Theses Doctoral

Bayesian Inference for Genomic Data Analysis

Ogundijo, Oyetunji Enoch

High-throughput genomic data contain gazillion of information that are influenced by the complex biological processes in the cell. As such, appropriate mathematical modeling frameworks are required to understand the data and the data generating processes. This dissertation focuses on the formulation of mathematical models and the description of appropriate computational algorithms to obtain insights from genomic data.

Specifically, characterization of intra-tumor heterogeneity is studied. Based on the total number of allele copies at the genomic locations in the tumor subclones, the problem is viewed from two perspectives: the presence or absence of copy-neutrality assumption. With the presence of copy-neutrality, it is assumed that the genome contains mutational variability and the three possible genotypes may be present at each genomic location. As such, the genotypes of all the genomic locations in the tumor subclones are modeled by a ternary matrix. In the second case, in addition to mutational variability, it is assumed that the genomic locations may be affected by structural variabilities such as copy number variation (CNV). Thus, the genotypes are modeled with a pair of (Q + 1)-ary matrices. Using the categorical Indian buffet process (cIBP), state-space modeling framework is employed in describing the two processes and the sequential Monte Carlo (SMC) methods for dynamic models are applied to perform inference on important model parameters.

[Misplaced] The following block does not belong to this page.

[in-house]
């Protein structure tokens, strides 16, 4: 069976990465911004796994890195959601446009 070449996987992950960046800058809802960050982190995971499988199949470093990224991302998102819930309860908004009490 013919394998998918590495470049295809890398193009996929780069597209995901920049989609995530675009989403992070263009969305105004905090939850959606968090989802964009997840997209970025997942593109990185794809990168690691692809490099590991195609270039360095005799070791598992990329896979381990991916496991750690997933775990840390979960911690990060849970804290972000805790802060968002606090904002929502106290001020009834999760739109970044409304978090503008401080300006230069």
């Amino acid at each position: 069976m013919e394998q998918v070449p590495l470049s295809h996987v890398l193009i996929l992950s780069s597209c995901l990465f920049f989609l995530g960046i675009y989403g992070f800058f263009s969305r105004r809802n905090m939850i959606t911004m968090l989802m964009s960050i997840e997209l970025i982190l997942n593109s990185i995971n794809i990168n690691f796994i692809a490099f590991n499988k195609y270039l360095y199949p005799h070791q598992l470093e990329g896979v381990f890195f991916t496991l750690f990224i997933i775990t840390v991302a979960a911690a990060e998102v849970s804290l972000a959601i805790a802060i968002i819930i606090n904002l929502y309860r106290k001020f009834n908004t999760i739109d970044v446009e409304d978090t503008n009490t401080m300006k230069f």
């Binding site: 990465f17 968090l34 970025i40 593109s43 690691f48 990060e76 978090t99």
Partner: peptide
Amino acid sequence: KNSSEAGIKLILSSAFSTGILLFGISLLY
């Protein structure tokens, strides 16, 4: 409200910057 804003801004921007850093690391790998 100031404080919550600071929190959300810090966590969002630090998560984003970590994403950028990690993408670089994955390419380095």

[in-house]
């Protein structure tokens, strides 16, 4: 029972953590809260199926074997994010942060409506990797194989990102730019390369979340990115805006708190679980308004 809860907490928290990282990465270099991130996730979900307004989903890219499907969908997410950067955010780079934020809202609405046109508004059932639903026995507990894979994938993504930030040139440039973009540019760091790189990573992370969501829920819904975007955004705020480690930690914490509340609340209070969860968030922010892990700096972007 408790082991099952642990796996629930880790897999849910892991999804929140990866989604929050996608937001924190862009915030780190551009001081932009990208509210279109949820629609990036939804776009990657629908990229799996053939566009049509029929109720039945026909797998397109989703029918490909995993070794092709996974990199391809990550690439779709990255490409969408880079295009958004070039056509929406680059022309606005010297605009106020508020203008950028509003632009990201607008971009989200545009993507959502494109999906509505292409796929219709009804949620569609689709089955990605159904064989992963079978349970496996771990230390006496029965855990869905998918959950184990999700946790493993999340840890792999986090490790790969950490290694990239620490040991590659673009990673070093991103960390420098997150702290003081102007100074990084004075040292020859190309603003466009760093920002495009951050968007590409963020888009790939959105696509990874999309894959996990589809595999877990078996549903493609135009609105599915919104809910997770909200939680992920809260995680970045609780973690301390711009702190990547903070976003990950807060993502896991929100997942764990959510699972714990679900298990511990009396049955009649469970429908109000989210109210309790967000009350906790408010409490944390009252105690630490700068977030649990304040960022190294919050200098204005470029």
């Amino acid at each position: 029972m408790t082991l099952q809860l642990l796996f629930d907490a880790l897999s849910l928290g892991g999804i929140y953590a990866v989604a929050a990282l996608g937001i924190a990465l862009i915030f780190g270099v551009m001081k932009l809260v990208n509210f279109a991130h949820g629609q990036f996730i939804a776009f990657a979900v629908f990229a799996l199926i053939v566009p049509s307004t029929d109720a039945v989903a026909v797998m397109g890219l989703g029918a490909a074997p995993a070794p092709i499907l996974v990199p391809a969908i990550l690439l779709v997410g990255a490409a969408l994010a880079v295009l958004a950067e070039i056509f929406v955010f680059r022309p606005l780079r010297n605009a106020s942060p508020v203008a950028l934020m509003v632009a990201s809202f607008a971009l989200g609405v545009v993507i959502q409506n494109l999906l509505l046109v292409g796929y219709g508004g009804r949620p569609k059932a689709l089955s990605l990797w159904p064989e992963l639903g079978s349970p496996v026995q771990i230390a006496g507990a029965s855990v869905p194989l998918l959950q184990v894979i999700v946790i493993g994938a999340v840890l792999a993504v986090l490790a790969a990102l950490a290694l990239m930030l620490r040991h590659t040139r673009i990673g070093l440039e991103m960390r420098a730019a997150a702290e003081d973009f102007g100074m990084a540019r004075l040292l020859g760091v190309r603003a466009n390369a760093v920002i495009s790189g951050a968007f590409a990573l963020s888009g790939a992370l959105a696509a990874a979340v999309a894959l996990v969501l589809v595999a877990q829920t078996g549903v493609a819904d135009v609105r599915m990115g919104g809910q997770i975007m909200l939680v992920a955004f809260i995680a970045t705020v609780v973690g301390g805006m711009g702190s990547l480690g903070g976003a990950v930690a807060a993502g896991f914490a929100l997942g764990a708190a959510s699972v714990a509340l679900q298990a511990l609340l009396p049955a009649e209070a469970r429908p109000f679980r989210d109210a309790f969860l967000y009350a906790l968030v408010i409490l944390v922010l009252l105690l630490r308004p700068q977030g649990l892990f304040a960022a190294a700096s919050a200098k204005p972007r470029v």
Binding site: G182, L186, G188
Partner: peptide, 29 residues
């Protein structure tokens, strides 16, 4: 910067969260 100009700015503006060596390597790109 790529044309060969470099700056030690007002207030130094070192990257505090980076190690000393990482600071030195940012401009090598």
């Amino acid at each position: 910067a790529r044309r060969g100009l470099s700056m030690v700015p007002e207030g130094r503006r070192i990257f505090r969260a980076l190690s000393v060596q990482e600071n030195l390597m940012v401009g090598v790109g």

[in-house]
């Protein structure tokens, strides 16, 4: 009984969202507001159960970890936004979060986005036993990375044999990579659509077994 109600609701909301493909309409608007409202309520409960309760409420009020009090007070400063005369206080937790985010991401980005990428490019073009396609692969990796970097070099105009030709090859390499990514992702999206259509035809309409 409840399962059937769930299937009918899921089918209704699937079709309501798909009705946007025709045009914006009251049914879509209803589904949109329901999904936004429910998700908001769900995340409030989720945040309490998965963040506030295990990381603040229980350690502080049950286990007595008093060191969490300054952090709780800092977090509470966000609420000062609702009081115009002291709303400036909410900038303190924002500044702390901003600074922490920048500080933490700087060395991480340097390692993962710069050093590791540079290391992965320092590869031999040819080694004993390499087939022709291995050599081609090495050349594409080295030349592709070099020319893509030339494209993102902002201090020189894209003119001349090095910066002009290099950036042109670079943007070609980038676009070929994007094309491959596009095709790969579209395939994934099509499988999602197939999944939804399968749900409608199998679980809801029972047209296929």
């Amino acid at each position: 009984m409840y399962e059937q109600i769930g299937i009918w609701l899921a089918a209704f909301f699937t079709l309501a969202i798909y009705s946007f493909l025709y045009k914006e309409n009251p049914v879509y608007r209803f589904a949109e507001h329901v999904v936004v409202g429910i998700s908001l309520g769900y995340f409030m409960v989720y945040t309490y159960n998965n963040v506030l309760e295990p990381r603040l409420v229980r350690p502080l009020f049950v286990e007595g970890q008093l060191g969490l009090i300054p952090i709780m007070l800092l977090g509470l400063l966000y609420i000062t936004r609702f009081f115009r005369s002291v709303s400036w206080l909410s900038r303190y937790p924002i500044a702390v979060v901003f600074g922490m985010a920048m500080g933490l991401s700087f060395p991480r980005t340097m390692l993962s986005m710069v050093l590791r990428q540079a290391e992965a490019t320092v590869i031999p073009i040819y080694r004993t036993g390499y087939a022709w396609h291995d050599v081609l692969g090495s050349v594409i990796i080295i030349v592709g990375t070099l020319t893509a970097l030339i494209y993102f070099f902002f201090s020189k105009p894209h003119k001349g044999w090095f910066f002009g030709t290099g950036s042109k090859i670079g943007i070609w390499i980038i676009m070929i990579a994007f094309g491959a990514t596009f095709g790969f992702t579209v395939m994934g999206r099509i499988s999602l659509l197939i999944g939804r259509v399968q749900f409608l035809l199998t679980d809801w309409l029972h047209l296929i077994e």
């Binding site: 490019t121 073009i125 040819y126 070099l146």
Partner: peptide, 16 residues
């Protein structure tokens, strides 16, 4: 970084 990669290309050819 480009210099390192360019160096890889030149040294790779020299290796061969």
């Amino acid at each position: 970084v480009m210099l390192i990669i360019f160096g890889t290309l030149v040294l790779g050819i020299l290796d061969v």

Moreover, the problem of estimating gene regulatory network (GRN) from measurement with missing values is presented. Specifically, gene expression time series data may contain missing values for entire expression values of a single point or some set of consecutive time points. However, complete data is often needed to make inference on the underlying GRN. Using the missing measurement, a dynamic stochastic model is used to describe the evolution of gene expression and point-based Gaussian approximation (PBGA) filters with one-step or two-step missing measurements are applied for the inference. Finally, the problem of deconvolving gene expression data from complex heterogeneous biological samples is examined, where the observed data are a mixture of different cell types. A statistical description of the problem is used and the SMC method for static models is applied to estimate the cell-type specific expressions and the cell type proportions in the heterogeneous samples.


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More About This Work

Academic Units
Electrical Engineering
Thesis Advisors
Wang, Xiaodong
Ph.D., Columbia University
Published Here
October 16, 2019